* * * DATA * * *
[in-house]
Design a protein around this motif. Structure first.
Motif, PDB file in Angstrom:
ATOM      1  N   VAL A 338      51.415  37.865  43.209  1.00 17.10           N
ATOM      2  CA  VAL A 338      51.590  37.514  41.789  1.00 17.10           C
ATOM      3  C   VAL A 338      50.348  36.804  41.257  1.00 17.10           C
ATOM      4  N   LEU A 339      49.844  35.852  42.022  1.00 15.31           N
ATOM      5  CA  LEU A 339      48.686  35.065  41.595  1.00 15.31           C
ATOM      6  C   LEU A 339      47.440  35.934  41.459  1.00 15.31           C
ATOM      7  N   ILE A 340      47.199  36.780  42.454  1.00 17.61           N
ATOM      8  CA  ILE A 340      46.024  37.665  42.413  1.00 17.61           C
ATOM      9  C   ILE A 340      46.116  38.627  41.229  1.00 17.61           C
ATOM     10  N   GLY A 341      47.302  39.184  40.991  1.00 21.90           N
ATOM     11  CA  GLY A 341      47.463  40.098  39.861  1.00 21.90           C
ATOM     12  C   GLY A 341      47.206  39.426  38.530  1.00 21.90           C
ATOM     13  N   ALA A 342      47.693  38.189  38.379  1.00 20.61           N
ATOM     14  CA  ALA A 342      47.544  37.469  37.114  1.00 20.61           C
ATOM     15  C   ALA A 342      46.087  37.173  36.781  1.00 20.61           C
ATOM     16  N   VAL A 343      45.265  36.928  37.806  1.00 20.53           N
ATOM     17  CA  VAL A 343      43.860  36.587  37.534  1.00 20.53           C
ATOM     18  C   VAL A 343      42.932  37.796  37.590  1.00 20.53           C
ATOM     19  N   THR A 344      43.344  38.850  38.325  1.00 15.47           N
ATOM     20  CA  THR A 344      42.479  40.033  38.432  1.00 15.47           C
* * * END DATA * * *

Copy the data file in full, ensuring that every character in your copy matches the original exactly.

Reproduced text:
[in-house]
Design a protein around this motif. Structure first.
Motif, PDB file in Angstrom:
ATOM      1  N   VAL A 338      51.415  37.865  43.209  1.00 17.10           N
ATOM      2  CA  VAL A 338      51.590  37.514  41.789  1.00 17.10           C
ATOM      3  C   VAL A 338      50.348  36.804  41.257  1.00 17.10           C
ATOM      4  N   LEU A 339      49.844  35.852  42.022  1.00 15.31           N
ATOM      5  CA  LEU A 339      48.686  35.065  41.595  1.00 15.31           C
ATOM      6  C   LEU A 339      47.440  35.934  41.459  1.00 15.31           C
ATOM      7  N   ILE A 340      47.199  36.780  42.454  1.00 17.61           N
ATOM      8  CA  ILE A 340      46.024  37.665  42.413  1.00 17.61           C
ATOM      9  C   ILE A 340      46.116  38.627  41.229  1.00 17.61           C
ATOM     10  N   GLY A 341      47.302  39.184  40.991  1.00 21.90           N
ATOM     11  CA  GLY A 341      47.463  40.098  39.861  1.00 21.90           C
ATOM     12  C   GLY A 341      47.206  39.426  38.530  1.00 21.90           C
ATOM     13  N   ALA A 342      47.693  38.189  38.379  1.00 20.61           N
ATOM     14  CA  ALA A 342      47.544  37.469  37.114  1.00 20.61           C
ATOM     15  C   ALA A 342      46.087  37.173  36.781  1.00 20.61           C
ATOM     16  N   VAL A 343      45.265  36.928  37.806  1.00 20.53           N
ATOM     17  CA  VAL A 343      43.860  36.587  37.534  1.00 20.53           C
ATOM     18  C   VAL A 343      42.932  37.796  37.590  1.00 20.53           C
ATOM     19  N   THR A 344      43.344  38.850  38.325  1.00 15.47           N
ATOM     20  CA  THR A 344      42.479  40.033  38.432  1.00 15.47           C